Anton Diffring was born Alfred Pollock on October 20, 1918 in Koblenz, Rhineland-Palatinate, Germany. He studied acting in Berlin and Vienna but there is some conjecture about when he left Germany prior to World War II. The audio commentary for the Doctor Who series Silver Nemesis mentions he left Germany in 1936, as he was not enamored of fascism and further that he was a homosexual. Other accounts point to him leaving Germany in 1939 and heading for Canada where he was interned in 1940. Though he made two fleeting, unaccredited appearances in films in 1940, it was not until 1950, after a move to Britain, that his acting career began to take off.
With numerous British war films being produced in the 1950s, Diffring's blonde hair, blue eyes and the chiseled features saw him feature often as villainous German officers - such as in “Albert R.N.” (1953) and “The Colditz Story” (1955). Some of his more notable roles as German characters were in “The Heroes of Telemark” (1965), “The Blue Max” (1966), “Where Eagles Dare” (1968), “Operation Daybreak” (1975) and the match commentator in “Escape to Victory” (1981). In 1983 he played Hitler's foreign minister Joachim von Ribbentrop in the American mini-series ‘The Winds of War’ (1983).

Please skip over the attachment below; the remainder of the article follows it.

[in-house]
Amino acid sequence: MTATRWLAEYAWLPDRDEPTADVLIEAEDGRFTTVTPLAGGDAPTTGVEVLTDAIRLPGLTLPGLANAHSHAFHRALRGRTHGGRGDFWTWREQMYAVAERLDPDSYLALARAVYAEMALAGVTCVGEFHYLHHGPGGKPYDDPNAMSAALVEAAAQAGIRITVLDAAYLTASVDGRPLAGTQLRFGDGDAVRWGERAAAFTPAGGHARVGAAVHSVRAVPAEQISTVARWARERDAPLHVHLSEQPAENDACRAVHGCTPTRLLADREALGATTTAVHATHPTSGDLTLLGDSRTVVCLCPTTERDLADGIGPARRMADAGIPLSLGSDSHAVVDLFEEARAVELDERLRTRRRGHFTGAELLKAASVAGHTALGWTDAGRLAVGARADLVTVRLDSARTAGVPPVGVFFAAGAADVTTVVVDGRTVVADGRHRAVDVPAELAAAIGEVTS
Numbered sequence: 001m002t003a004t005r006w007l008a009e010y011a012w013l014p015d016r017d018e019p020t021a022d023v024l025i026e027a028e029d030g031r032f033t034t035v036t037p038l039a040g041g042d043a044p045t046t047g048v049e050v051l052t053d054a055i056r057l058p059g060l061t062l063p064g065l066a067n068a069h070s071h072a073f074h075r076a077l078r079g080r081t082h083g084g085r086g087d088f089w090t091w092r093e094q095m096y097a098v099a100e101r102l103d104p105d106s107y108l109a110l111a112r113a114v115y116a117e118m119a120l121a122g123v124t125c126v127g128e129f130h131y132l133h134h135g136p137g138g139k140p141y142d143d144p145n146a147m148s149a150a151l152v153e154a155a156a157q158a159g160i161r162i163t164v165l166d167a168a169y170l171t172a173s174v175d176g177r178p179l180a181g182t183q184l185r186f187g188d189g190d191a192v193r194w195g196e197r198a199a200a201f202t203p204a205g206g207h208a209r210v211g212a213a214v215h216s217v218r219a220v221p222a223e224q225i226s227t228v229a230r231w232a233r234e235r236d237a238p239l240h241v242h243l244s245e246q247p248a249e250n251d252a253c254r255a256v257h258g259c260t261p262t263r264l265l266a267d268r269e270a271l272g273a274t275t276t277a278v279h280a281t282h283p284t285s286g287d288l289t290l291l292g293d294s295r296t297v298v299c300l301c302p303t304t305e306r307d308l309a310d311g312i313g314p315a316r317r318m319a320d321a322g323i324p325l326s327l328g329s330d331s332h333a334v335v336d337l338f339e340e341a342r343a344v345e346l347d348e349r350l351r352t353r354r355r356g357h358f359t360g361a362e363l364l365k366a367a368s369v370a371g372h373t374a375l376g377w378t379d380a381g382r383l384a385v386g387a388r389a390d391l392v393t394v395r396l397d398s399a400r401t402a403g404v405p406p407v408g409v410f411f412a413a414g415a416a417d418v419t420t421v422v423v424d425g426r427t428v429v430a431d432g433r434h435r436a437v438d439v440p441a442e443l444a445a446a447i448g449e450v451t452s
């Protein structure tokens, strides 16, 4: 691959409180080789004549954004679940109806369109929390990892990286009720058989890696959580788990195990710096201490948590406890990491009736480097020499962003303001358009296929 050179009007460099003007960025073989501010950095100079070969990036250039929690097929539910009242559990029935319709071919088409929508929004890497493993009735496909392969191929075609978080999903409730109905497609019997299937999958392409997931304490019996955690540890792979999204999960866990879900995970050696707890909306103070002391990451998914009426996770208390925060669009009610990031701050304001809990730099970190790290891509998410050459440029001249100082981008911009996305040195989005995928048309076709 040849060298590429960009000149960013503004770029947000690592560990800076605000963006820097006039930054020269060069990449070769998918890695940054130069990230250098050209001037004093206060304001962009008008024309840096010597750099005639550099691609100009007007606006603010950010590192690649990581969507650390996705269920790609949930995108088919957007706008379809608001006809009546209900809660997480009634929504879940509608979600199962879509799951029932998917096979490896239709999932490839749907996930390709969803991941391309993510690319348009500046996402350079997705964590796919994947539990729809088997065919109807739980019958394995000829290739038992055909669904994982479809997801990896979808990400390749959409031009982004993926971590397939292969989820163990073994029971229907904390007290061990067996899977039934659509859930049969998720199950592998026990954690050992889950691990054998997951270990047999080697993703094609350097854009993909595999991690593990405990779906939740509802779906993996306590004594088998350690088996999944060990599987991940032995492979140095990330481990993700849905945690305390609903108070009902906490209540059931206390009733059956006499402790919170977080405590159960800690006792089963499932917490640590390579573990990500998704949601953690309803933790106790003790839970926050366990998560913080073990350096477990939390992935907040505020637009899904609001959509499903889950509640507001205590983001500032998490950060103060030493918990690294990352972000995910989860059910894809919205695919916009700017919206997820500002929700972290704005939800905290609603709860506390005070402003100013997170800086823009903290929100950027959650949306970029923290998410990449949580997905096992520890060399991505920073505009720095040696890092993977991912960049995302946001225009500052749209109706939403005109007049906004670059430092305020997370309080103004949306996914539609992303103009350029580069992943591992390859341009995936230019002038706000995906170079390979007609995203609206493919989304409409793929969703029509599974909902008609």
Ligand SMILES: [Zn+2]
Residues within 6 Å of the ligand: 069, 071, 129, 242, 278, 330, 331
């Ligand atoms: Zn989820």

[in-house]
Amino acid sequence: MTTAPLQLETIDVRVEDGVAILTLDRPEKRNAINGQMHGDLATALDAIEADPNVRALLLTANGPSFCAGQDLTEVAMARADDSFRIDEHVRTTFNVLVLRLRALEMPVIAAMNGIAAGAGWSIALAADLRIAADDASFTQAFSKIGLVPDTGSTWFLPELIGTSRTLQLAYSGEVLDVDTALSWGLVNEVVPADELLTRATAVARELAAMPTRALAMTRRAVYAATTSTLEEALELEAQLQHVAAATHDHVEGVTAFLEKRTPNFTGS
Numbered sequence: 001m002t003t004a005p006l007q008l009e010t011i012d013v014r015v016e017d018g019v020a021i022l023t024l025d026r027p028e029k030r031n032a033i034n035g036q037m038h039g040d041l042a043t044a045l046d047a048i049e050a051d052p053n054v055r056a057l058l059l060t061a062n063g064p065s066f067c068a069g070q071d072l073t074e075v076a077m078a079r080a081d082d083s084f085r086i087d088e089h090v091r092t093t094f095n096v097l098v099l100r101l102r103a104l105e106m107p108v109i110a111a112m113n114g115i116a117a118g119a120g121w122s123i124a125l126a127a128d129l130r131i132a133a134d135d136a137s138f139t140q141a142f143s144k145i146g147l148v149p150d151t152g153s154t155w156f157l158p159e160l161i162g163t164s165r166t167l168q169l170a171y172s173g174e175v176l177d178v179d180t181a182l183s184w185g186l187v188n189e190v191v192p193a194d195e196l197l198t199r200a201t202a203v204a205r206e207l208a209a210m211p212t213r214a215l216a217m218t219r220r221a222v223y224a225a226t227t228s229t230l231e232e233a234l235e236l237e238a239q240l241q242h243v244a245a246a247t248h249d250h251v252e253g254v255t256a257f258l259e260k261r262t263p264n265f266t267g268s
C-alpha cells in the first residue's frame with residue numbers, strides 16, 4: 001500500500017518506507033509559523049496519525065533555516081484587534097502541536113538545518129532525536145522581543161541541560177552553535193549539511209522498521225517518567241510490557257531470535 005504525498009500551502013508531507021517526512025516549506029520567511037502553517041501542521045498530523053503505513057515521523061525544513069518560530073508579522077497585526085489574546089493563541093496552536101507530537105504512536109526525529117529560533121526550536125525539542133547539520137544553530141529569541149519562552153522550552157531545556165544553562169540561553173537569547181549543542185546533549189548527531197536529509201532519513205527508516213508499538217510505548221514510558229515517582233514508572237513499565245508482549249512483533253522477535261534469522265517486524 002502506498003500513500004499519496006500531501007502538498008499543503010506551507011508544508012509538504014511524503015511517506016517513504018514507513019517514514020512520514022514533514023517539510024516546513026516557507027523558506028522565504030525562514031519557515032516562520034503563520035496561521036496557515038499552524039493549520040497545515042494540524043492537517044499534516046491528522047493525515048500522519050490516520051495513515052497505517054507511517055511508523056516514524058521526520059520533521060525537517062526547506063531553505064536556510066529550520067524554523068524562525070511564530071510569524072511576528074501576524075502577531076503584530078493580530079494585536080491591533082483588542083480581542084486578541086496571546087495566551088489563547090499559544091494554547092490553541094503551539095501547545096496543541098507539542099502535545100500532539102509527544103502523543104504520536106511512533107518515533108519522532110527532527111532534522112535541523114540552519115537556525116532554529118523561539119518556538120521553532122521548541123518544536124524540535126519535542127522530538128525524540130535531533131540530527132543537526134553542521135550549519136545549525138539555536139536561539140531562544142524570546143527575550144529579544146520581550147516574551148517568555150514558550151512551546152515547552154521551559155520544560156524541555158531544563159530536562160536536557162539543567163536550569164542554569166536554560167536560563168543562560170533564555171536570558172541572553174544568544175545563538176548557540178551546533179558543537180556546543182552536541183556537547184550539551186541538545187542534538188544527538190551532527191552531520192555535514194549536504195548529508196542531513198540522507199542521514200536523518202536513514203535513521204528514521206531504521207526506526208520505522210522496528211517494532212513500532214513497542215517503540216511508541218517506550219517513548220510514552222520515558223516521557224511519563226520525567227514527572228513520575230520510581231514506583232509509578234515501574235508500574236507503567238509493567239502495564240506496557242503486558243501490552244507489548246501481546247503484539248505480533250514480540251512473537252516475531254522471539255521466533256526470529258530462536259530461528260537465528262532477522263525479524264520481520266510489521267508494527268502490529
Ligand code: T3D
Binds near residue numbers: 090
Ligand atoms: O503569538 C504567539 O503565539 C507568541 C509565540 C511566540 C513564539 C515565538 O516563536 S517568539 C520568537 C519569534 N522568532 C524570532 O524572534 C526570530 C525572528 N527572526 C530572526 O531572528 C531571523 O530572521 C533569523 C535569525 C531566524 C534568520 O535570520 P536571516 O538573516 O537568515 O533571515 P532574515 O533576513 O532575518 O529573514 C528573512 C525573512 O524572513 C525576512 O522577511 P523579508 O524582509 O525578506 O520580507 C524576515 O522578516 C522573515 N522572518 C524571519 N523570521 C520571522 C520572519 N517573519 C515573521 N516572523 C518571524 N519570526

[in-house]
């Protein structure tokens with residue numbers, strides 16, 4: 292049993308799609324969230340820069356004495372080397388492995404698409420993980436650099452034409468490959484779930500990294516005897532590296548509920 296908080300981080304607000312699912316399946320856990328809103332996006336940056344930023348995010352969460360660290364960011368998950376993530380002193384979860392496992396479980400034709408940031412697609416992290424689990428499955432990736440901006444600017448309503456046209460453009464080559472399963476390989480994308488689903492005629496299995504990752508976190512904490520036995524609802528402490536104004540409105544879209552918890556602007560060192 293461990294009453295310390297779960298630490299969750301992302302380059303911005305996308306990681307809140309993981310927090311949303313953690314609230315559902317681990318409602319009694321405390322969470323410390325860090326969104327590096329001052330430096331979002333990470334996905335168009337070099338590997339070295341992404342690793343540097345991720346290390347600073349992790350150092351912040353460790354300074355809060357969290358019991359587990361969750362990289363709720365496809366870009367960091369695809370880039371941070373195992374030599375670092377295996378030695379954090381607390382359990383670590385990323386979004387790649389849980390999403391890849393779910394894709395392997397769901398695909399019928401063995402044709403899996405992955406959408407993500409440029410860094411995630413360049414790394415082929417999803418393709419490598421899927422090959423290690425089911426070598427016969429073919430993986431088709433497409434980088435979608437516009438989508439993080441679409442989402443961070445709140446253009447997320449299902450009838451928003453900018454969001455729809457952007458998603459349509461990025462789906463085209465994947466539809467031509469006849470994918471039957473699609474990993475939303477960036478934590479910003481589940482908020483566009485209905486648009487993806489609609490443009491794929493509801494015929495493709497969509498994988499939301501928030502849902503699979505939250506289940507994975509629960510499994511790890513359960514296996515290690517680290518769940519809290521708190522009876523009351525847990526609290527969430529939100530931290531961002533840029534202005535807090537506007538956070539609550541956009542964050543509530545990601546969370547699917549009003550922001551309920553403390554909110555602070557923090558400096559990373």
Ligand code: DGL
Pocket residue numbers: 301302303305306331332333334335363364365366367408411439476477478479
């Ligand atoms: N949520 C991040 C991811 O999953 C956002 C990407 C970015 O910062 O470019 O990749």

He also starred in a number of horror films, such as “The Man Who Could Cheat Death” (1959) and “Circus of Horrors” (1960). Diffring also worked in quite a number of international films, such as “Fahrenheit 451” (1966) directed by François Truffaut.
His final performance was again as a Nazi character, for the BBC in the 1988 Doctor Who serial ‘Silver Nemesis’, in which he agreed to appear because the recording coincided with the Wimbledon Championships which he wanted to watch. Diffring continued workng until his death caused by AIDS on ay May 20, 1989 at his hime in Châteauneuf-Grasse in the south of France.
Diffring appeared in only one Euro-western 1976’s “Montana Trap”.
Today we remember Anton Diffring on what would have been his 95th birthday.